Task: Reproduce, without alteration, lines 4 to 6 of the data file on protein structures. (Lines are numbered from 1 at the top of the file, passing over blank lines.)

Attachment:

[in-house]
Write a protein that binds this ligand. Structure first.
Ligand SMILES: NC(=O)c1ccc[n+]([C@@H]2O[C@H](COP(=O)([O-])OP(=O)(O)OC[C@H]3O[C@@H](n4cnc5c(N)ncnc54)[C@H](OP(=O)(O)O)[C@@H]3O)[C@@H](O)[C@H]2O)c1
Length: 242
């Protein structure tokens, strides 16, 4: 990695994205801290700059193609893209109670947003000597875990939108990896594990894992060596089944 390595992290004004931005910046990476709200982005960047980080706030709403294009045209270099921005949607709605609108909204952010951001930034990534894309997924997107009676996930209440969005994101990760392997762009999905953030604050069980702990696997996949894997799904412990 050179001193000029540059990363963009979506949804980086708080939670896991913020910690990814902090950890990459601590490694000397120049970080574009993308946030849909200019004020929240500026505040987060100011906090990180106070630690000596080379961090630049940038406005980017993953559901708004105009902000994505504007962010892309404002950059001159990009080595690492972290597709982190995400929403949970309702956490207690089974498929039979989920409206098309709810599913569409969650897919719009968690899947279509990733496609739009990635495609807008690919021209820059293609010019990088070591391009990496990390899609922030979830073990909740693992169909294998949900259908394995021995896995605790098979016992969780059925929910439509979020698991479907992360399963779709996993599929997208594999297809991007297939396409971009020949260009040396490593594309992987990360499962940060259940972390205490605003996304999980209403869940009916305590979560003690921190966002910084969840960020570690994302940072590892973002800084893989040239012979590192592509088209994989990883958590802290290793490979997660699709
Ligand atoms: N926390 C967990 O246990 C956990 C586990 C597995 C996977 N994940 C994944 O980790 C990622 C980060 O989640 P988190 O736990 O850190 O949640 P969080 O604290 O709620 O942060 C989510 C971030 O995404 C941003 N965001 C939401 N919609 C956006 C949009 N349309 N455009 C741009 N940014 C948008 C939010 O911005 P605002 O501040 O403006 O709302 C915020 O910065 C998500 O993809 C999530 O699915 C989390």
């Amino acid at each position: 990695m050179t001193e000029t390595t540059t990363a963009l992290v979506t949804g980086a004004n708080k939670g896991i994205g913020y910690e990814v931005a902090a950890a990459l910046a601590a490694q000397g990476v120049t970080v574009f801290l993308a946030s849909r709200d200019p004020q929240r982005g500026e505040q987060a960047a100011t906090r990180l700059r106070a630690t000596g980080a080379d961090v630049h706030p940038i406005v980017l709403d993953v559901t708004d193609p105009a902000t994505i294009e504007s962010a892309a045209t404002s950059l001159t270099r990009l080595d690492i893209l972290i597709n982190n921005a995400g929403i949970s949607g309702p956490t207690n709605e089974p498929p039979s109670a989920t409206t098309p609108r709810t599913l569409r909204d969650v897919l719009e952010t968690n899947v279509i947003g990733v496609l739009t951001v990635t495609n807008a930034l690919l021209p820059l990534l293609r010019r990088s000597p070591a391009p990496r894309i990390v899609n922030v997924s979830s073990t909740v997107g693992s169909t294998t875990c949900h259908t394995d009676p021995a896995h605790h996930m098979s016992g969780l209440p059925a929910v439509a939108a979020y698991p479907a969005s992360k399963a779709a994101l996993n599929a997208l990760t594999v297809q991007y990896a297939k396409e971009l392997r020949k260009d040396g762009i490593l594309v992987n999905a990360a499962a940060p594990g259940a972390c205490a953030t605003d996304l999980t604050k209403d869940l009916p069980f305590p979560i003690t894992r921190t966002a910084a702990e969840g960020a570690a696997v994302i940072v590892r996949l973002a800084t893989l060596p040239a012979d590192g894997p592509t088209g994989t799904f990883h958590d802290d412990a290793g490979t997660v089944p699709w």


Length: 242
């Protein structure tokens, strides 16, 4: 990695994205801290700059193609893209109670947003000597875990939108990896594990894992060596089944 390595992290004004931005910046990476709200982005960047980080706030709403294009045209270099921005949607709605609108909204952010951001930034990534894309997924997107009676996930209440969005994101990760392997762009999905953030604050069980702990696997996949894997799904412990 050179001193000029540059990363963009979506949804980086708080939670896991913020910690990814902090950890990459601590490694000397120049970080574009993308946030849909200019004020929240500026505040987060100011906090990180106070630690000596080379961090630049940038406005980017993953559901708004105009902000994505504007962010892309404002950059001159990009080595690492972290597709982190995400929403949970309702956490207690089974498929039979989920409206098309709810599913569409969650897919719009968690899947279509990733496609739009990635495609807008690919021209820059293609010019990088070591391009990496990390899609922030979830073990909740693992169909294998949900259908394995021995896995605790098979016992969780059925929910439509979020698991479907992360399963779709996993599929997208594999297809991007297939396409971009020949260009040396490593594309992987990360499962940060259940972390205490605003996304999980209403869940009916305590979560003690921190966002910084969840960020570690994302940072590892973002800084893989040239012979590192592509088209994989990883958590802290290793490979997660699709
Ligand atoms: N926390 C967990 O246990 C956990 C586990 C597995 C996977 N994940 C994944 O980790 C990622 C980060 O989640 P988190 O736990 O850190 O949640 P969080 O604290 O709620 O942060 C989510 C971030 O995404 C941003 N965001 C939401 N919609 C956006 C949009 N349309 N455009 C741009 N940014 C948008 C939010 O911005 P605002 O501040 O403006 O709302 C915020 O910065 C998500 O993809 C999530 O699915 C989390």